Screen Shot 2016-02-12 at 14.14.43

When you successfully handle a menu item, return true. If you don't handle the menu item, you should call the superclass implementation of onOptionsItemSelected() (the default implementation returns false).

If your activity includes fragments, the system first calls onOptionsItemSelected() for the activity then for each fragment (in the order each fragment was added) until one returns true or all fragments have been called.

Tip: You can define the on-click behaviour for a menu item in XML, using the android:onClick attribute. The value for the attribute must be the name of a method defined by the activity using the menu. The method must be public and accept a single MenuItem parameter—when the system calls this method, it passes the menu item selected.

Tip: If your application contains multiple activities and some of them provide the same options menu, consider creating an activity that implements nothing except the onCreateOptionsMenu() and onOptionsItemSelected() methods. Then extend this class for each activity that should share the same options menu. This way, you can manage one set of code for handling menu actions and each descendant class inherits the menu behaviours. If you want to add menu items to one of the descendant activities, override onCreateOptionsMenu() in that activity. Call super.onCreateOptionsMenu(menu) so the original menu items are created, then add new menu items with menu.add(). You can also override the super class's behaviour for individual menu items.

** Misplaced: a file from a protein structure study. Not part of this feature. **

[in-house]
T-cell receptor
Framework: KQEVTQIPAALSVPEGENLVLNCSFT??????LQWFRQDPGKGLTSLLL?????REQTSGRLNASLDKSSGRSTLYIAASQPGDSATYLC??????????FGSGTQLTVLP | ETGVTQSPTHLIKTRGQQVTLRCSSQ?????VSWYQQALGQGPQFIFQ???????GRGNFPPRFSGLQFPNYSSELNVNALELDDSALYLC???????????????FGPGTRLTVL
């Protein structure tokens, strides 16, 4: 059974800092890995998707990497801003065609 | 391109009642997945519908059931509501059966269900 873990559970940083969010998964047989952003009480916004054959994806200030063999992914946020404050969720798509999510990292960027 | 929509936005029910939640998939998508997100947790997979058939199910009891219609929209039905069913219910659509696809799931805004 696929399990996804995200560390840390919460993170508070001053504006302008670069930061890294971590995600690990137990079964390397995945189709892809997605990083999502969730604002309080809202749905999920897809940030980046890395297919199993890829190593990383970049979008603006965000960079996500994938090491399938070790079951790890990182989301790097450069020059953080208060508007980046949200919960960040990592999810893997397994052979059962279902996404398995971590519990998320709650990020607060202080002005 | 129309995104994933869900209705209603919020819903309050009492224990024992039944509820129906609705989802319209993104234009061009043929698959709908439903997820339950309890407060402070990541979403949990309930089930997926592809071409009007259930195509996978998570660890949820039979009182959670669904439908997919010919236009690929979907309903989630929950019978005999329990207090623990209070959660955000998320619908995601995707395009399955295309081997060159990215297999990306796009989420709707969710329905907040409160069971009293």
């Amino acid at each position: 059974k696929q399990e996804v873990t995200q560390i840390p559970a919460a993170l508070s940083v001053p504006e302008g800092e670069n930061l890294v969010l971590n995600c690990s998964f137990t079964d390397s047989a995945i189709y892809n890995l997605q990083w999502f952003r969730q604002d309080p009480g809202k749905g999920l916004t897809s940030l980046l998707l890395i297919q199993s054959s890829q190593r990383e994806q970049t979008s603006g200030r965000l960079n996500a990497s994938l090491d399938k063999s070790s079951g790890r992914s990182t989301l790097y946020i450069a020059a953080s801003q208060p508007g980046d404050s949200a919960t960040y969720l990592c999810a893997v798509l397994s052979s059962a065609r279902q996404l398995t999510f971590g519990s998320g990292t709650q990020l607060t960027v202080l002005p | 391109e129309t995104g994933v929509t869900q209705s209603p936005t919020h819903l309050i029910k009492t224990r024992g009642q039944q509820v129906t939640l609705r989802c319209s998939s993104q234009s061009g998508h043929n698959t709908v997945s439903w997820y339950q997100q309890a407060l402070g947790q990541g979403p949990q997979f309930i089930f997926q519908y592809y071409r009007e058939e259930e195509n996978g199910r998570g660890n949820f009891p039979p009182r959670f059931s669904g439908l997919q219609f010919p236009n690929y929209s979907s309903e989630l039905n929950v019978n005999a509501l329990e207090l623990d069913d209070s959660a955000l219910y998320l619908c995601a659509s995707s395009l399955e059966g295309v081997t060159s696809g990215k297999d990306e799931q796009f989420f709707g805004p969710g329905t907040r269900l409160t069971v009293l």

Creating Contextual Menus



A contextual menu offers actions that affect a specific item or context frame in the UI. You can provide a context menu for any view, but they are most often used for items in a ListView, GridView, or other view collections in which the user can perform direct actions on each item.
There are two ways to provide contextual actions:
  • In a floating context menu. A menu appears as a floating list of menu items (similar to a dialog) when the user performs a long-click (press and hold) on a view that declares support for a context menu. Users can perform a contextual action on one item at a time.
  • In the contextual action mode. This mode is a system implementation of ActionMode that displays a contextual action bar at the top of the screen with action items that affect the selected item(s). When this mode is active, users can perform an action on multiple items at once (if your app allows it).

Creating a floating context menu


  • Register the View to which the context menu should be associated by calling registerForContextMenu() and pass it the View.  If your activity uses a ListView or GridView and you want each item to provide the same context menu, register all items for a context menu by passing theListView or GridView to registerForContextMenu().